Financial institutions need to be at the heart of any global effort. By allowing modern slavery and human trafficking practices to go undetected in their organisations and supply chains, businesses are not only enabling human rights abuses but are also unwittingly complicit in financial crime. Banking services are used by both the perpetrators and victims and, as a result, any proceeds generated by modern slavery and human trafficking, which are channelled through banking systems, represent criminal property and will be classified as money laundering. With stronger anti-money laundering requirements on the horizon related to the EU’s new 6th Anti-Money Laundering Directive, and increased focus of many governments on human rights due diligence reporting, firms do not want to be found culpable.
Our research found that for too many financial organisations, compliance with the Modern Slavery Act is regarded as merely a tick-box exercise, rather than a way to mitigate potential legal, reputational, financial and material risks for their business. In reality institutions that take effective action against modern slavery practices are more robust and more valued by consumers. With the rise of environmental, social and governance (ESG) ratings and human rights due diligence, firms need to be ahead of the game when it comes to managing risks in their supply chains. These are not just regulatory and legal requirements: millennials are now a major part of both the consumer base and the investment community and have the power to influence purchasing patterns, frequently investing in or buying products offered by companies with a positive ESG focus, including with regard to human rights. Quite simply, focusing on the ‘social’ within the ESG ratings is now a good investment decision.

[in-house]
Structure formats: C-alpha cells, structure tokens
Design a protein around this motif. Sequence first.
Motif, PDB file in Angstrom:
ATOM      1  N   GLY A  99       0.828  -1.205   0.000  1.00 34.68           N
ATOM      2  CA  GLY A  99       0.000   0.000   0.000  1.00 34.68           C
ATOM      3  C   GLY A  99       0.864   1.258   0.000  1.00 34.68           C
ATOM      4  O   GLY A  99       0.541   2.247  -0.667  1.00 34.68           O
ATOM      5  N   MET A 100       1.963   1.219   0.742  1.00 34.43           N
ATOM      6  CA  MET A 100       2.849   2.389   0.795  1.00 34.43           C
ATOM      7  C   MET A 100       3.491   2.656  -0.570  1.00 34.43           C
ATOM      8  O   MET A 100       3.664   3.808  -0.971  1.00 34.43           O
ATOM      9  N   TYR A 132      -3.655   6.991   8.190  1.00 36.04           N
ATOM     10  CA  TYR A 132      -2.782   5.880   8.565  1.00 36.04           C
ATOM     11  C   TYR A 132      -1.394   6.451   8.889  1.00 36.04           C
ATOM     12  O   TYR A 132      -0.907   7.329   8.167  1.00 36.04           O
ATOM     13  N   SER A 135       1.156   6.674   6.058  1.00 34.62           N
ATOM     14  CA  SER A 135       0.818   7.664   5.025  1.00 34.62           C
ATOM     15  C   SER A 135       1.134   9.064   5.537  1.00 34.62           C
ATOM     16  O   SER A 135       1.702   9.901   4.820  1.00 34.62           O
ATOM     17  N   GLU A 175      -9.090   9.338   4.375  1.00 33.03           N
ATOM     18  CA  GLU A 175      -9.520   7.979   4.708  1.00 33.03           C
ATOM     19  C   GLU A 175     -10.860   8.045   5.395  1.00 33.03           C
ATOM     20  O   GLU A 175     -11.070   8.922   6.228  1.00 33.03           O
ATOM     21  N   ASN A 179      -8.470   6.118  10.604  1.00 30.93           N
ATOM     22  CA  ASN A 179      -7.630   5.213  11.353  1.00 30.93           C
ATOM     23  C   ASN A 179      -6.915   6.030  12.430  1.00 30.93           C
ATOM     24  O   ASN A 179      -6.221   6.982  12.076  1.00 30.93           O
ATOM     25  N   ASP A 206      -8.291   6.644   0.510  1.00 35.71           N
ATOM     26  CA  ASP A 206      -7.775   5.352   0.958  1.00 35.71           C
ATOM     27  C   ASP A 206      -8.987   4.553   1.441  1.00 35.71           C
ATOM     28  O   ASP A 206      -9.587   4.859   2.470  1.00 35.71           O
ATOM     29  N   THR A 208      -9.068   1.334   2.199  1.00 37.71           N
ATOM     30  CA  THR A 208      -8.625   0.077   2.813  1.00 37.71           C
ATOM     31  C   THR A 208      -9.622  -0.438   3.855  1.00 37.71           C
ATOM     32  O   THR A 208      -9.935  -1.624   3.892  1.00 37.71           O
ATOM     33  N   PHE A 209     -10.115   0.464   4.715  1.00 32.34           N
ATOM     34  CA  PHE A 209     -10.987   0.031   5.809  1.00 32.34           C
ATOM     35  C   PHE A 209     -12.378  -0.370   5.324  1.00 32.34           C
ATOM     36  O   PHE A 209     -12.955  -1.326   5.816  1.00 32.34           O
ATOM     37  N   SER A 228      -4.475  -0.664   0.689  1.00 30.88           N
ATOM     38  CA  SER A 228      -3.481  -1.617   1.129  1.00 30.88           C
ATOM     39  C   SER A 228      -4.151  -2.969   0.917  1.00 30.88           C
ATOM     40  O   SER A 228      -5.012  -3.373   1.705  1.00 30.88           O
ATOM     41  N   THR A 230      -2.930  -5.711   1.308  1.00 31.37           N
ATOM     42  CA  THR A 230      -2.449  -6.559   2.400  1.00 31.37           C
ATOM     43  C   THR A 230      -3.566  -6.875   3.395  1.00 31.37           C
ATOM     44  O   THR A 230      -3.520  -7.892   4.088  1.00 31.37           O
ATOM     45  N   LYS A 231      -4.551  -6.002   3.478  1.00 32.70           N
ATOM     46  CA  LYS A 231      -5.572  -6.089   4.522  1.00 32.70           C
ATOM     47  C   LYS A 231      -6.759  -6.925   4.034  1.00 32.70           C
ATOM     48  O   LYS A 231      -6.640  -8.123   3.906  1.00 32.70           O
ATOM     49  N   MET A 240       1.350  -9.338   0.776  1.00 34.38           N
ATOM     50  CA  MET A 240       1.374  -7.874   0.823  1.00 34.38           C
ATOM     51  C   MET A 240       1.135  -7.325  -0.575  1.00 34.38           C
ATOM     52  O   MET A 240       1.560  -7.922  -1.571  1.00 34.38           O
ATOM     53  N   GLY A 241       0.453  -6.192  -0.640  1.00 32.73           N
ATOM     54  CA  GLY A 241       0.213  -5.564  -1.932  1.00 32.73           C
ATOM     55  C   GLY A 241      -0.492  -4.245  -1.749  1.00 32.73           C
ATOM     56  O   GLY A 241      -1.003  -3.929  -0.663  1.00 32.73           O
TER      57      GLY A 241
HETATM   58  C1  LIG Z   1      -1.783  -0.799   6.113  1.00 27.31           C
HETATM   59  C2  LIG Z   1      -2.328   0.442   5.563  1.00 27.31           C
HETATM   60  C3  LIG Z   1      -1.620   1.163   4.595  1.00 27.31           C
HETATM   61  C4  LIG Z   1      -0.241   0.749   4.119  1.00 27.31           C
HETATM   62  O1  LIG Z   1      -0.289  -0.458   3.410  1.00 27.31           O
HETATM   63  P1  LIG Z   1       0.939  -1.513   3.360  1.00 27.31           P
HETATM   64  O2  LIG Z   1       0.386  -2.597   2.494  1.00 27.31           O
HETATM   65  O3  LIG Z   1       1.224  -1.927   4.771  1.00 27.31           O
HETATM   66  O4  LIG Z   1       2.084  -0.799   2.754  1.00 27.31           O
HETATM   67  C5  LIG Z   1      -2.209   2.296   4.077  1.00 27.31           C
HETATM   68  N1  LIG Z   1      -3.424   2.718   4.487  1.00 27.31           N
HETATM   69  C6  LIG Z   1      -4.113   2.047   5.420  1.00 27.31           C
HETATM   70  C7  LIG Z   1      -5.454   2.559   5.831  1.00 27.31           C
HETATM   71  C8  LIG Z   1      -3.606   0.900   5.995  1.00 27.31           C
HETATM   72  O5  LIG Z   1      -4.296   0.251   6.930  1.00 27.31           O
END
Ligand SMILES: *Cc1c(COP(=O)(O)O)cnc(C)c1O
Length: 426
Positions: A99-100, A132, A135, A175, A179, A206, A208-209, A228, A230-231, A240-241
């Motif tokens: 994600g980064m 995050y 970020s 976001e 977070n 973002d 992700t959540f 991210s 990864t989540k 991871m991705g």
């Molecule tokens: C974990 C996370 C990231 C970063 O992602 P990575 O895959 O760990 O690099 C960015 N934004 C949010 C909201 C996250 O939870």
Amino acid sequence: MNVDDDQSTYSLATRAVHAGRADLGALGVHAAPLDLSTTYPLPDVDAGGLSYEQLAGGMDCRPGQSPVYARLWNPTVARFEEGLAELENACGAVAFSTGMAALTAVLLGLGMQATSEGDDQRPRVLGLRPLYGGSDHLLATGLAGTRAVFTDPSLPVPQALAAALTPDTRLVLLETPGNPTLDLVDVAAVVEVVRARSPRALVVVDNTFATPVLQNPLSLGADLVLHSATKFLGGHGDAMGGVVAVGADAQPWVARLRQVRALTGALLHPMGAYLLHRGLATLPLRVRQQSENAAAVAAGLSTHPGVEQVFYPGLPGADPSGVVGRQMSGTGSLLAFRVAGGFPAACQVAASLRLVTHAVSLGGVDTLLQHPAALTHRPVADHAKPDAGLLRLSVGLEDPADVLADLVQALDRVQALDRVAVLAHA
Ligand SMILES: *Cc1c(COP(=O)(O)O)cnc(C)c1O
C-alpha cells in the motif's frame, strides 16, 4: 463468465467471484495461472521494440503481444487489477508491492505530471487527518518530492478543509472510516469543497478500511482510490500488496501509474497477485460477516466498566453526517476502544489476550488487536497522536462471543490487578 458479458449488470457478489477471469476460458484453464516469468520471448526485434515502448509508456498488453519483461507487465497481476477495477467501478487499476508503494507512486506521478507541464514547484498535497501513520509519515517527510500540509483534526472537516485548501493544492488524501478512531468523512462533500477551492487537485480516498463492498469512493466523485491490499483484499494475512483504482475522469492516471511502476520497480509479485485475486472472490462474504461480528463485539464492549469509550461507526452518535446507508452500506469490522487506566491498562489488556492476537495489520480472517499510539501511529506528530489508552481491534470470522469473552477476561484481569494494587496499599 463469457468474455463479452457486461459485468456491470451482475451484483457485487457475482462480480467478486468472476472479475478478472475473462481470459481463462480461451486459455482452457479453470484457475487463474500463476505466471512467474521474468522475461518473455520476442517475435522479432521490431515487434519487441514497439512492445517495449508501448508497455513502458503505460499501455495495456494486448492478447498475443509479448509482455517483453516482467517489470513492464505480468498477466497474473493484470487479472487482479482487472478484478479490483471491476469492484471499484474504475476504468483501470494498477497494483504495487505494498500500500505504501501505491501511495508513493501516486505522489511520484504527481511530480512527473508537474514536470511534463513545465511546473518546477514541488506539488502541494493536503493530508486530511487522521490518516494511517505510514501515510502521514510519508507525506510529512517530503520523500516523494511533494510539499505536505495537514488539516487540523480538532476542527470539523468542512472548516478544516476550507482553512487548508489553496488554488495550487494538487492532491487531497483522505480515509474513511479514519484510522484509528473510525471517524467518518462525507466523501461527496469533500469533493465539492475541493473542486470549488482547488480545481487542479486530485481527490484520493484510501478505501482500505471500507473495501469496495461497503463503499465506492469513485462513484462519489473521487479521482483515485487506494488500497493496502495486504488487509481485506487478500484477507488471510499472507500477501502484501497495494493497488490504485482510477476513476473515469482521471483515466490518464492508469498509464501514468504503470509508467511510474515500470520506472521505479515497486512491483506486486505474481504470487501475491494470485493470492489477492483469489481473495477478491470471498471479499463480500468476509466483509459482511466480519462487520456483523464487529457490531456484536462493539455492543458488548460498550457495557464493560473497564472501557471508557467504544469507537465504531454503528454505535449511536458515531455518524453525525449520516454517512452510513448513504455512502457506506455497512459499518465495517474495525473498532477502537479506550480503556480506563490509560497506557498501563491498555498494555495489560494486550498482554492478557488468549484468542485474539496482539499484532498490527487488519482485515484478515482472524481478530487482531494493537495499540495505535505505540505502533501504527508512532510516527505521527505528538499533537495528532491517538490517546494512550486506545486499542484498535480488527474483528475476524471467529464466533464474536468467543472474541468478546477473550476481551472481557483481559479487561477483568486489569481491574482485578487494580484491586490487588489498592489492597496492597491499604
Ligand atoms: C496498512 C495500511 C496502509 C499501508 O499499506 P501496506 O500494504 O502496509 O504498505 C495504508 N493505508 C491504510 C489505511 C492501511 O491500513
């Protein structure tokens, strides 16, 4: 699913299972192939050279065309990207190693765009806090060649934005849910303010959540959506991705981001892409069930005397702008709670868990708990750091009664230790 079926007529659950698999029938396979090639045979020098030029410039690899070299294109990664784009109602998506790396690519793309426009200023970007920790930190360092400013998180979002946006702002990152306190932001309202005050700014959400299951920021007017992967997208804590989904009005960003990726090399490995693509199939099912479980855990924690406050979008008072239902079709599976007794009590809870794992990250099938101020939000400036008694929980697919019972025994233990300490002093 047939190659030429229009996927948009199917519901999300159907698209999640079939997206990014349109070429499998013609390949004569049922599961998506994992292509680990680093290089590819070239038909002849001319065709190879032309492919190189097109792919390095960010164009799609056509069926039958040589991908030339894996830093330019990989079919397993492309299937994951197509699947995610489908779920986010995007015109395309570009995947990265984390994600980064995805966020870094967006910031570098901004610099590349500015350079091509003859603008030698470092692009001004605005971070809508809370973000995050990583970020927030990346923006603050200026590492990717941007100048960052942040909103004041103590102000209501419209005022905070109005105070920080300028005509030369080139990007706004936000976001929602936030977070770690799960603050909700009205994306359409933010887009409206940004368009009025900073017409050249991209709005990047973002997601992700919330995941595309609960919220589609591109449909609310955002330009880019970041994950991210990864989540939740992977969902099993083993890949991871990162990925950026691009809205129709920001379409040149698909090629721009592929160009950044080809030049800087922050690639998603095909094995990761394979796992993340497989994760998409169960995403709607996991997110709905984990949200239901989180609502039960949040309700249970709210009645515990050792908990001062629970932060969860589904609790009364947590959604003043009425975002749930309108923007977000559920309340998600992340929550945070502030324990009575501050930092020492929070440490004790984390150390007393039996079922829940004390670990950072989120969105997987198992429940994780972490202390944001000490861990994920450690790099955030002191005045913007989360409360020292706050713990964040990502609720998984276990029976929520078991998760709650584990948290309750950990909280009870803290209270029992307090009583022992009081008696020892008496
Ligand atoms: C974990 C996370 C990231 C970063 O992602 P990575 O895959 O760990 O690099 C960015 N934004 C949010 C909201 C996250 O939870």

Finally, as economic hardship hits, high street banks should do more to help those who will be more vulnerable to escape the cycle of exclusion and vulnerability by offering them clearer paths to financial inclusion. Without financial independence, victims and survivors are unable to fulfil basic daily tasks such as paying for housing, food, or even receiving compensation, which may have been awarded following a criminal prosecution. Themis found that many survivors are barred from accessing conventional banking products or services due to insufficient identity documentation, lacking proof of address history, language barriers and/or limited financial literacy.
Financial institutions should manage their business activities in order to identify, remedy and prevent human exploitation. However, they also have the ability to support survivors, identify victims and reduce individual vulnerability through partnerships and philanthropic support.
Although modern slavery is not always visible, it exists across our societies. Fighting it is not only the ethical thing to do, firms have a legal obligation to act and doing so will help to drive business amongst increasingly socially conscious consumers. While it has never been acceptable to look the other way, it no longer makes business sense. Ignorance is not a line of defence; if companies look hard enough, they will find modern slavery in their supply chains and need to take a clear stand and act now.
We are keen to share case studies of industry best practice and welcome any additional responses from fellows of the RSA, especially where there are links to the financial sector. Submissions can be made in writing to Hope Sherwin FRSA at firstname.lastname@example.org.
Maria Nizzero, Associate Director of Analysis and Hope Sherwin, Head of Social Impact, Themis
Richard James FRSA